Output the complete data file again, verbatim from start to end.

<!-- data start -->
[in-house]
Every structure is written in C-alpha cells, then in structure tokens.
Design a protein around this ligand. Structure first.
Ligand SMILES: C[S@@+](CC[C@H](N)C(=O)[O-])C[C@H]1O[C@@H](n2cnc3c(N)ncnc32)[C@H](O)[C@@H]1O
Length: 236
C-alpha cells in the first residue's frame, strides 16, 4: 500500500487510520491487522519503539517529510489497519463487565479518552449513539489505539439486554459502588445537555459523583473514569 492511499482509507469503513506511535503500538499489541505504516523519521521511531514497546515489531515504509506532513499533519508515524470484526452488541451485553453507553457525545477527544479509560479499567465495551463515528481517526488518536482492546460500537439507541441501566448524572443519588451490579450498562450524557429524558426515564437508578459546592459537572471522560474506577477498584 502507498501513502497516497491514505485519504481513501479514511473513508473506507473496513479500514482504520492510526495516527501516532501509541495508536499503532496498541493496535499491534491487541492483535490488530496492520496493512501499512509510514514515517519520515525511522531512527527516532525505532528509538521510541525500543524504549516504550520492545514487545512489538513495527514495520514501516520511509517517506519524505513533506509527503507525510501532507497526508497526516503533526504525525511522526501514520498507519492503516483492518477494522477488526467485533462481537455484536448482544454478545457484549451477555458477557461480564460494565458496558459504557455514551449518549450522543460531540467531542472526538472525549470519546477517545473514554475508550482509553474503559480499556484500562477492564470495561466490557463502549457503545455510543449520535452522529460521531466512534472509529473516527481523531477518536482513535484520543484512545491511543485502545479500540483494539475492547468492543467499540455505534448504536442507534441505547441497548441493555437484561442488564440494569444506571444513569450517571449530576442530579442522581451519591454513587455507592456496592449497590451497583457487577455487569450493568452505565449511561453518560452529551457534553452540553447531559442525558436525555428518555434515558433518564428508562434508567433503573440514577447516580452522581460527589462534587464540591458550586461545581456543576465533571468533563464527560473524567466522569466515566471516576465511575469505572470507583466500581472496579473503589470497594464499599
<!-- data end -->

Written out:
[in-house]
Every structure is written in C-alpha cells, then in structure tokens.
Design a protein around this ligand. Structure first.
Ligand SMILES: C[S@@+](CC[C@H](N)C(=O)[O-])C[C@H]1O[C@@H](n2cnc3c(N)ncnc32)[C@H](O)[C@@H]1O
Length: 236
C-alpha cells in the first residue's frame, strides 16, 4: 500500500487510520491487522519503539517529510489497519463487565479518552449513539489505539439486554459502588445537555459523583473514569 492511499482509507469503513506511535503500538499489541505504516523519521521511531514497546515489531515504509506532513499533519508515524470484526452488541451485553453507553457525545477527544479509560479499567465495551463515528481517526488518536482492546460500537439507541441501566448524572443519588451490579450498562450524557429524558426515564437508578459546592459537572471522560474506577477498584 502507498501513502497516497491514505485519504481513501479514511473513508473506507473496513479500514482504520492510526495516527501516532501509541495508536499503532496498541493496535499491534491487541492483535490488530496492520496493512501499512509510514514515517519520515525511522531512527527516532525505532528509538521510541525500543524504549516504550520492545514487545512489538513495527514495520514501516520511509517517506519524505513533506509527503507525510501532507497526508497526516503533526504525525511522526501514520498507519492503516483492518477494522477488526467485533462481537455484536448482544454478545457484549451477555458477557461480564460494565458496558459504557455514551449518549450522543460531540467531542472526538472525549470519546477517545473514554475508550482509553474503559480499556484500562477492564470495561466490557463502549457503545455510543449520535452522529460521531466512534472509529473516527481523531477518536482513535484520543484512545491511543485502545479500540483494539475492547468492543467499540455505534448504536442507534441505547441497548441493555437484561442488564440494569444506571444513569450517571449530576442530579442522581451519591454513587455507592456496592449497590451497583457487577455487569450493568452505565449511561453518560452529551457534553452540553447531559442525558436525555428518555434515558433518564428508562434508567433503573440514577447516580452522581460527589462534587464540591458550586461545581456543576465533571468533563464527560473524567466522569466515566471516576465511575469505572470507583466500581472496579473503589470497594464499599